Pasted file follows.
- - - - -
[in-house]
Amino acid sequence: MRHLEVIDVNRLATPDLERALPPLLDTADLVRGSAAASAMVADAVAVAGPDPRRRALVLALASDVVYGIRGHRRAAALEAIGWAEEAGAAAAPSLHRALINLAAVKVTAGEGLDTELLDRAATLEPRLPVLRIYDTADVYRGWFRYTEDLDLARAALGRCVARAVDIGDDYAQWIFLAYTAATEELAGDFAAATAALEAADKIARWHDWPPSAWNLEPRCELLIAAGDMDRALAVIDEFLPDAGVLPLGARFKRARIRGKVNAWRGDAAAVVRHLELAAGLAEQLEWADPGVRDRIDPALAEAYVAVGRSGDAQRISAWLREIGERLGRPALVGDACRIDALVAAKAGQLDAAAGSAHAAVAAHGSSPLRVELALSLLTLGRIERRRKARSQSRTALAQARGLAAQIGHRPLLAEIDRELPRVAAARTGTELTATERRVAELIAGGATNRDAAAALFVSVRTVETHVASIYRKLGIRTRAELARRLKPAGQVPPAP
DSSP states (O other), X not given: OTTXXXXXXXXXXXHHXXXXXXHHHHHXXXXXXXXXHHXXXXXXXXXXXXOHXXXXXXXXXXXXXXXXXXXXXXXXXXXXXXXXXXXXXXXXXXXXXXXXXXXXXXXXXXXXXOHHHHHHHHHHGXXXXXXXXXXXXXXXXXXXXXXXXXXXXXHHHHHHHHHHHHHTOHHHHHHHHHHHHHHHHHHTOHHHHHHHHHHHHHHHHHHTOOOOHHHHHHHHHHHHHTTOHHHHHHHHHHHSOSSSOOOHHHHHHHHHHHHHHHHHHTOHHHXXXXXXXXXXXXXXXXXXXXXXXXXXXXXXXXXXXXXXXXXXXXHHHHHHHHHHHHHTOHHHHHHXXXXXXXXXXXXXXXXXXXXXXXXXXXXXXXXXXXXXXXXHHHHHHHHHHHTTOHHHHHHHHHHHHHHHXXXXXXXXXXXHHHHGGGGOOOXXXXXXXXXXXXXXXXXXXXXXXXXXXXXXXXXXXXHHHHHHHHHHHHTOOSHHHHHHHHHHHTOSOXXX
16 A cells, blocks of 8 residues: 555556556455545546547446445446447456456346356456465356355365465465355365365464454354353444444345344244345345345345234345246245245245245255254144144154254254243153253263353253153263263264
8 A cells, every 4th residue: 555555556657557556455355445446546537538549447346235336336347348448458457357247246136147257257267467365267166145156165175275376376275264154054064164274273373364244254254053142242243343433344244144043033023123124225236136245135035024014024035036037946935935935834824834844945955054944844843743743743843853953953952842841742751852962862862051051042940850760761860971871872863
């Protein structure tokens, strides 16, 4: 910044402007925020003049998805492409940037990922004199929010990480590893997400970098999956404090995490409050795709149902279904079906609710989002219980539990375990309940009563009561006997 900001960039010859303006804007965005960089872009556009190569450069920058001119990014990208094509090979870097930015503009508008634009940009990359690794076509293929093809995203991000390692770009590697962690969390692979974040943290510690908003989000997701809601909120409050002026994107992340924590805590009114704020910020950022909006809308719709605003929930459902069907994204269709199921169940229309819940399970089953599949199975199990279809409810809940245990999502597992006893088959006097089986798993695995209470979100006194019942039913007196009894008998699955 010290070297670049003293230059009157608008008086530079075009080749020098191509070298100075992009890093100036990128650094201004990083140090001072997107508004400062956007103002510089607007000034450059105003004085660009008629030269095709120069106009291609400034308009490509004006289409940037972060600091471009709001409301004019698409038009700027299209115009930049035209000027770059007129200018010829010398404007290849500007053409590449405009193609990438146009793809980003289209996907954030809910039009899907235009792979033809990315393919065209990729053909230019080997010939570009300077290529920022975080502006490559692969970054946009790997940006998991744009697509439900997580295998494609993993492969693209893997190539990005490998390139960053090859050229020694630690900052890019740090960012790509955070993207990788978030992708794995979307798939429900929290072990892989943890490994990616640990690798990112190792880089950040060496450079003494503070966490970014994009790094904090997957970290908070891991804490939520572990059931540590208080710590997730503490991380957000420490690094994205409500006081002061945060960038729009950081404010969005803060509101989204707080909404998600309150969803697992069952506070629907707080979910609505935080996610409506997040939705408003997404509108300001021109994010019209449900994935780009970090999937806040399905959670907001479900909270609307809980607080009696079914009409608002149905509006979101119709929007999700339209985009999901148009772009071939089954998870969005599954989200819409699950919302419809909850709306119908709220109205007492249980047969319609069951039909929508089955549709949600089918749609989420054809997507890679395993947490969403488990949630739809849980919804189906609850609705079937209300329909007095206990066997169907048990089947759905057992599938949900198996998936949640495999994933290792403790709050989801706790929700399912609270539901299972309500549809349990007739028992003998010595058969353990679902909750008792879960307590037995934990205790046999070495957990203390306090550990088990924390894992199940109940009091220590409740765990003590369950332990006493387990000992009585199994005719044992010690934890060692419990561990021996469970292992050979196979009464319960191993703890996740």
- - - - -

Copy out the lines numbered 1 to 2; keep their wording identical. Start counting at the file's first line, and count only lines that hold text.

[in-house]
Amino acid sequence: MRHLEVIDVNRLATPDLERALPPLLDTADLVRGSAAASAMVADAVAVAGPDPRRRALVLALASDVVYGIRGHRRAAALEAIGWAEEAGAAAAPSLHRALINLAAVKVTAGEGLDTELLDRAATLEPRLPVLRIYDTADVYRGWFRYTEDLDLARAALGRCVARAVDIGDDYAQWIFLAYTAATEELAGDFAAATAALEAADKIARWHDWPPSAWNLEPRCELLIAAGDMDRALAVIDEFLPDAGVLPLGARFKRARIRGKVNAWRGDAAAVVRHLELAAGLAEQLEWADPGVRDRIDPALAEAYVAVGRSGDAQRISAWLREIGERLGRPALVGDACRIDALVAAKAGQLDAAAGSAHAAVAAHGSSPLRVELALSLLTLGRIERRRKARSQSRTALAQARGLAAQIGHRPLLAEIDRELPRVAAARTGTELTATERRVAELIAGGATNRDAAAALFVSVRTVETHVASIYRKLGIRTRAELARRLKPAGQVPPAP